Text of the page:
High performance culture – How to build it and why?

High-performance culture (HPC) is a set of values and practices. It is a way of doing things. A philosophy, if you will. HPC is the mindset of an organization that honestly and relentlessly challenges itself to improve all of its processes, products, and services. The power of such a challenge is such that it transforms the organization as a whole and redefines what it is capable of. There’s just something special about HPC that draws people in and inspires them to do their best work.


Organizations that master the balancing act of creating a high-performance workplace have a competitive edge over their competitors. High-performance workplaces have been proven to have a direct correlation with business success, enabling employees to work efficiently and effectively, and allowing them to provide more value to clients and customers. In recent years, high-performance culture has moved from being an aspiration or a luxury to being a necessity for businesses looking to stay competitive in the global marketplace. In fact, according to Gallup, leaders who create a high-performance workplace see higher earnings per share than those who don’t.


How to cultivate a high-performance culture?


Research from Deloitte discovered that “87 percent of organizations cite culture as one of their top challenges, and 50 percent call the problem ‘very important.” Yet, they also discovered that “only 12 percent felt their organizations were excellent at effectively driving the desired culture.”



The keys to creating a high-performance culture are strategy, investment, leadership buy-in, and patience.

Strategy: Define the goal of your high-performance culture. For example, perhaps it’s to be No. 1 in your business or to hit certain key metrics. Then develop a plan to achieve the goal by leveraging the people who work for you.

Investment: You must invest time and money into building the right organization, teaming with the right partners, training managers to lead effectively, implementing programs that support employees’ well-being, and more.

Leadership buy-in: Whether you are an entrepreneur starting a new company or an executive hoping to transform an existing business, you won’t succeed without leadership buy-in. If you are hoping to make changes on your own initiative, be prepared for pushback from those who don’t want change.

Patience: If you want to create a high-performance culture, build relationships that are productive over the long term, not just the short term. This requires patience.




High-performance cultures are energizing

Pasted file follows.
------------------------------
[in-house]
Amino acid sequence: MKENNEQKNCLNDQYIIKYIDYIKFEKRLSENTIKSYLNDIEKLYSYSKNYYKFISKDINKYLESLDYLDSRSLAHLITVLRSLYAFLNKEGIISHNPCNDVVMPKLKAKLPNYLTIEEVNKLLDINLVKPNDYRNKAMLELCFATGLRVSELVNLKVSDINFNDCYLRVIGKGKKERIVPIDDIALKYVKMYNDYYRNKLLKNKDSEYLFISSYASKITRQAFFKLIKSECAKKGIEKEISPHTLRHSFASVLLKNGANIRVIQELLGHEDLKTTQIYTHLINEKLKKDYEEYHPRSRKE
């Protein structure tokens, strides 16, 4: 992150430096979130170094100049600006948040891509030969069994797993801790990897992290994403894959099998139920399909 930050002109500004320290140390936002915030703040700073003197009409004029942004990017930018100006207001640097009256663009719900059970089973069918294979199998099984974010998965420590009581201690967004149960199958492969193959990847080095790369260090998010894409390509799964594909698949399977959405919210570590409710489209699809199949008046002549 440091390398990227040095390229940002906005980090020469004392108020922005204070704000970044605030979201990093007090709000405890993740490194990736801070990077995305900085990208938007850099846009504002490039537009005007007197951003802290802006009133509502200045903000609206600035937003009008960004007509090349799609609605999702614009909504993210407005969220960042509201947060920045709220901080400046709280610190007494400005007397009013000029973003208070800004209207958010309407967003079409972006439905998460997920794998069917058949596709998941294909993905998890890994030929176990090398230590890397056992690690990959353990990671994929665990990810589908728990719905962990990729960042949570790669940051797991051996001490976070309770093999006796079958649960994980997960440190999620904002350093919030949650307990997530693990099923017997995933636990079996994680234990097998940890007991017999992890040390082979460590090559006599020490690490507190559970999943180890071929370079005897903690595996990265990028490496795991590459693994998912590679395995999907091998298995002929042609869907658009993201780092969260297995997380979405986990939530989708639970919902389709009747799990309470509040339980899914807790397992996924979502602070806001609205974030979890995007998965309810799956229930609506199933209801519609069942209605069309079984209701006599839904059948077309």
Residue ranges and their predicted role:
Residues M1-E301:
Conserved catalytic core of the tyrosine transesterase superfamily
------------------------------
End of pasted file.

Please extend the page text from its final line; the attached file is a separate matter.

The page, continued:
High-performance cultures are characterized by a shared sense of purpose and passion for what the organization does. When that is in place, employees feel a real emotional connection to the company. And that makes them more engaged and committed to their work and its success.

High-performance cultures encourage risk-taking


“In today’s industry, in which change happens at a relentless pace, standing still is not an option. You must take a risk at some point.”

– Sanjib Sahoo, CIO for Transport—North America, XPO Logistics


In a high-performance culture, management is comfortable with taking risks. Risk-taking is an essential part of innovation and creativity, and when people feel safe within the culture, they are willing to try new things even when there is a chance they might fail. That innovation can lead to new products, new ways of doing business, or new ways of making customers happier — all of which can help the business grow in ways it hadn’t thought possible before.

High-performance cultures have strong leadership

Leadership in a high-performance culture isn’t about power or authority but about trust, vision, caring, and accountability. In a high-performance culture, leaders earn respect by being trustworthy and having integrity, demonstrating caring through their actions and behaviors, being accountable for their own performance as well as for the performance of others, and showing they have a clear vision for what needs to be done to achieve the company’s goals.




Culture is the soul of a high-performance organization. It’s the value system that guides the decisions and behaviors of all stakeholders involved, including management. If culture is not managed or it’s managed in an ad-hoc manner, it will be inconsistent with the vision of the company and will lead to dissension among employees.

Whatever your culture is today, it might not be the right culture tomorrow. If you want your culture to support your strategy, you need to be ready to reexamine it at least once a year. JOIN21 has the perfect technology for that. If you want to build an inclusive culture and receive feedback on how to strengthen your employee networks look at the Baseline. Ground your future organizational decisions in data and measure the progress, digital fitness, and performance over time.